3. The “dislike” like. I’ve seen countless status updates begging Mark Zuckerberg to release a “dislike” button and I’ve read reports that this tool is on its way into our cyberworlds any day now. That sure would come in handy for those dismal death and illness announcements that invariably make their way into the newsfeed. I understand that social media is a quick and dirty way to share bad news, but I can hardly like hearing that someone’s parent died, and when I don’t know them well enough to have heard the news in person, or even make a comment, I question the scope of my friends list. When bad news comes trickling in, how can we hit like? But we do, in order to acknowledge that we duly noted and send our cyber-sympathy. For the record, I don’t like this one bit.

4. Purposely liking instead of commenting. Admit it. Oftentimes you click like instead of commenting even when you’re dying to comment because you dread the stream of notices you’ll get every time someone else comments on the same status (I’m sure there’s some way to turn this off, but then I’d miss a million other things, God forbid). What a clever way to stay as disconnected as possible while using a social media tool that allows you to connect with everyone under the sun! Liking in this case amounts to discharging a perceived obligation without having to deal with others’ comments. All this under the guise of staying linked with your peeps. I think I lack the bandwidth to deal with this mind game.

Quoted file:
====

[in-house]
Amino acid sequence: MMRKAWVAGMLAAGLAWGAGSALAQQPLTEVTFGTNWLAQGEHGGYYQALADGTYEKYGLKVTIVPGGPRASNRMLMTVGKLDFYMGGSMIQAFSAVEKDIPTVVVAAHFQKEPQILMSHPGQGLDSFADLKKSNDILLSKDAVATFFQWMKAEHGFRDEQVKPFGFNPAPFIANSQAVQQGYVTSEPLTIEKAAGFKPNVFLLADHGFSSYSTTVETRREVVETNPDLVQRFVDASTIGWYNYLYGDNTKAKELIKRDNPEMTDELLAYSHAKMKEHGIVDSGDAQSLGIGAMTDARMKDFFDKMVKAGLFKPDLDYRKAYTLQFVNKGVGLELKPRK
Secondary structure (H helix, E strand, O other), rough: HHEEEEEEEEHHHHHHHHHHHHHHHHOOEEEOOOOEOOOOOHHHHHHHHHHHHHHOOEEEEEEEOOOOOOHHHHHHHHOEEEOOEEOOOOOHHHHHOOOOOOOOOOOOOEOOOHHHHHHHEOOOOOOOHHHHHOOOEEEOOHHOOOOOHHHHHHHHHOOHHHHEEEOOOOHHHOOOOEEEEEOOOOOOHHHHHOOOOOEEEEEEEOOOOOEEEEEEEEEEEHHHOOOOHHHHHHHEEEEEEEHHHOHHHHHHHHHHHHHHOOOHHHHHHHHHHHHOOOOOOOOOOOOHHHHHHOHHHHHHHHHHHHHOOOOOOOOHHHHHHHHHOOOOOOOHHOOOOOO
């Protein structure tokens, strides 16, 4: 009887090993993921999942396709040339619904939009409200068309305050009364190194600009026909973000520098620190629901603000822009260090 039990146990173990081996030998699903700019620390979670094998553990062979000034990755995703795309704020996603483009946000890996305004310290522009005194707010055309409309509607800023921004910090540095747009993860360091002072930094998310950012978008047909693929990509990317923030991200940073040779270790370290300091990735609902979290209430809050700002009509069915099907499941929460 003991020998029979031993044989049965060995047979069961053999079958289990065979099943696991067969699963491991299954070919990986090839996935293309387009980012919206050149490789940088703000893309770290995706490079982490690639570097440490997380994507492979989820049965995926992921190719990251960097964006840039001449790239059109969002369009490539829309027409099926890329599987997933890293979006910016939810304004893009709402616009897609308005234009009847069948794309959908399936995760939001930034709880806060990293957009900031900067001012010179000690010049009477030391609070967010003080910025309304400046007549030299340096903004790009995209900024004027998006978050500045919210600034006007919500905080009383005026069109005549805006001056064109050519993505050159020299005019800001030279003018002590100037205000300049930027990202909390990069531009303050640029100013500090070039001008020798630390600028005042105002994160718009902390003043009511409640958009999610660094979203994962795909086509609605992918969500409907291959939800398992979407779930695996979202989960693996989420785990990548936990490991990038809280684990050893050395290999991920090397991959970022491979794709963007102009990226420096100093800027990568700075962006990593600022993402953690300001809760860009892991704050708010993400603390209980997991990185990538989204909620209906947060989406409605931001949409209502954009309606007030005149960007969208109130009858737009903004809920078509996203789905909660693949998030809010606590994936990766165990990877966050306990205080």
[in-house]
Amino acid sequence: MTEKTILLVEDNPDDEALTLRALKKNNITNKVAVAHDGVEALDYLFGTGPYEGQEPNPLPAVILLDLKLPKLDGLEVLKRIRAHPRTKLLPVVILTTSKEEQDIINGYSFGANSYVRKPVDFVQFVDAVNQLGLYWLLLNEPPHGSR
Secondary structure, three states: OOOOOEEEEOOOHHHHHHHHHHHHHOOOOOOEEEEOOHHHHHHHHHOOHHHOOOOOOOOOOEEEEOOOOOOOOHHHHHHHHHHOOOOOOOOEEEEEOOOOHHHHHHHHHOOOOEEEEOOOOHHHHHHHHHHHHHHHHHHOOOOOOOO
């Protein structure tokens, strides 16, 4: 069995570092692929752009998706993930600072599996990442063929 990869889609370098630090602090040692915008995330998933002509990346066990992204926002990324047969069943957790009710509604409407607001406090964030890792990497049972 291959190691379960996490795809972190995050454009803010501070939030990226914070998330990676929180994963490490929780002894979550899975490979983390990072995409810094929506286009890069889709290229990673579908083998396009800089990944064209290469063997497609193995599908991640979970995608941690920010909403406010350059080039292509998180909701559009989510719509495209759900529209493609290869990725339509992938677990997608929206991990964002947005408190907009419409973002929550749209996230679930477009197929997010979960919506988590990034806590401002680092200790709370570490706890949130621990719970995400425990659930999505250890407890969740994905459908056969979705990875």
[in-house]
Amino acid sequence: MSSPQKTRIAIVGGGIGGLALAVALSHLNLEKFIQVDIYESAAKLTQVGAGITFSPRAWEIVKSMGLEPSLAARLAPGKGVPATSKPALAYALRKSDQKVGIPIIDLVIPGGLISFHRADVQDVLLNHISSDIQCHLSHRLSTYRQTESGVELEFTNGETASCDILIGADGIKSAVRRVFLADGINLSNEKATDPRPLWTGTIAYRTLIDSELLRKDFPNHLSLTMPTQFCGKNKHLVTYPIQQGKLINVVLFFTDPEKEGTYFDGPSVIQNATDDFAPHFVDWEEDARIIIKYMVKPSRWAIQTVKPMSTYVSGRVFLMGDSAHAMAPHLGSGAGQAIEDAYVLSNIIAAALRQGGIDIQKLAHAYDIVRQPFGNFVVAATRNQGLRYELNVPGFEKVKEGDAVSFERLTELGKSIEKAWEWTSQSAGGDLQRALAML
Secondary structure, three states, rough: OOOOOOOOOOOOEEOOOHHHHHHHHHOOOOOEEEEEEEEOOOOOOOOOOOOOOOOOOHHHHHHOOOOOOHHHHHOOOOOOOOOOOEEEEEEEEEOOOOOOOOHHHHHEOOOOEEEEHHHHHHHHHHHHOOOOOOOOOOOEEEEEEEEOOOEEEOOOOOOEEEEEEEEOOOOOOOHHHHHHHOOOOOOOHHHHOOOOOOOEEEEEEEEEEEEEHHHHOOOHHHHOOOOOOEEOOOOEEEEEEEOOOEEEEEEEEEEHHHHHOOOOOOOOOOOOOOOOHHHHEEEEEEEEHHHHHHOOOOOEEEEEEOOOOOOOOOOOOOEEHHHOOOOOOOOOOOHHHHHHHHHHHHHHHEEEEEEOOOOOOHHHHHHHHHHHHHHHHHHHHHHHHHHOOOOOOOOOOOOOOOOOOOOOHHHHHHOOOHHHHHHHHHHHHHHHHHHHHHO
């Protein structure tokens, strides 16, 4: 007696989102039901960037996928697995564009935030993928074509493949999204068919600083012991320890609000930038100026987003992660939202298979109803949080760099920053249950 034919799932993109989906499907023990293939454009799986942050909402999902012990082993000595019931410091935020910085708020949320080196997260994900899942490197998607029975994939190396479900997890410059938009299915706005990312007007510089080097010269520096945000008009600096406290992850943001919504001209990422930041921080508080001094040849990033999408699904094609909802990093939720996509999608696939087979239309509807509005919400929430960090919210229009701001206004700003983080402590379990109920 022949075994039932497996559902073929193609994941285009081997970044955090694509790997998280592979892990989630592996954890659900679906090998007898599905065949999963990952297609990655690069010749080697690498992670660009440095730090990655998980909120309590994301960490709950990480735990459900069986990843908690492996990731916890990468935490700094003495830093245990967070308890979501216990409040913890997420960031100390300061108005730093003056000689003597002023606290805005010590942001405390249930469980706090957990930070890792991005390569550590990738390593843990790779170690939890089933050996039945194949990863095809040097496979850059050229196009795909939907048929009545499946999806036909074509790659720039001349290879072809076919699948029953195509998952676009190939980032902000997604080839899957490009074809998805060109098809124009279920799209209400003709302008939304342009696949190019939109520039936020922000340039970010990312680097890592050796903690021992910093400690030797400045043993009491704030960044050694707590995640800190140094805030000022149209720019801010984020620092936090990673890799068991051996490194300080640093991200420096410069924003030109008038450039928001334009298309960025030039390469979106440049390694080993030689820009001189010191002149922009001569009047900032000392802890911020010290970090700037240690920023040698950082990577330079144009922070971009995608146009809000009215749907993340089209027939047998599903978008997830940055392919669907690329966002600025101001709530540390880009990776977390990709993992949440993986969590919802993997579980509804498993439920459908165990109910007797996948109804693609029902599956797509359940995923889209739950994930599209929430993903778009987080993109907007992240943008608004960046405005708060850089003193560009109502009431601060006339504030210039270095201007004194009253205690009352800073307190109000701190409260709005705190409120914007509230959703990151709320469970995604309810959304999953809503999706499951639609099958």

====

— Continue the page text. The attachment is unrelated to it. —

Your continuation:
5. Deliberately withholding likes. Not liking is an excellent passive-aggressive way to send someone a message. The colleague, friend or boss who has consistently liked your stuff and has now gone cold but is still active on Facebook, is sending you a message. No, you’re not being paranoid — you’re being ignored. The real question is, WHY do you care?!

Many things I learned in college entered one ear and exited the other by the time finals rolled around, but one little fact from my social psychology class has stayed with me throughout the years: People want to be liked. Isn’t this the whole premise of Facebook in the first place? And everyone must know that on some level, if the Facebook like phenomenon and all its corrupt, subliminal and absurd uses are any indication…

2 Replies to “5 Ways We Absurdly Manipulate the Facebook Like Button (Published In The Huffington Post)”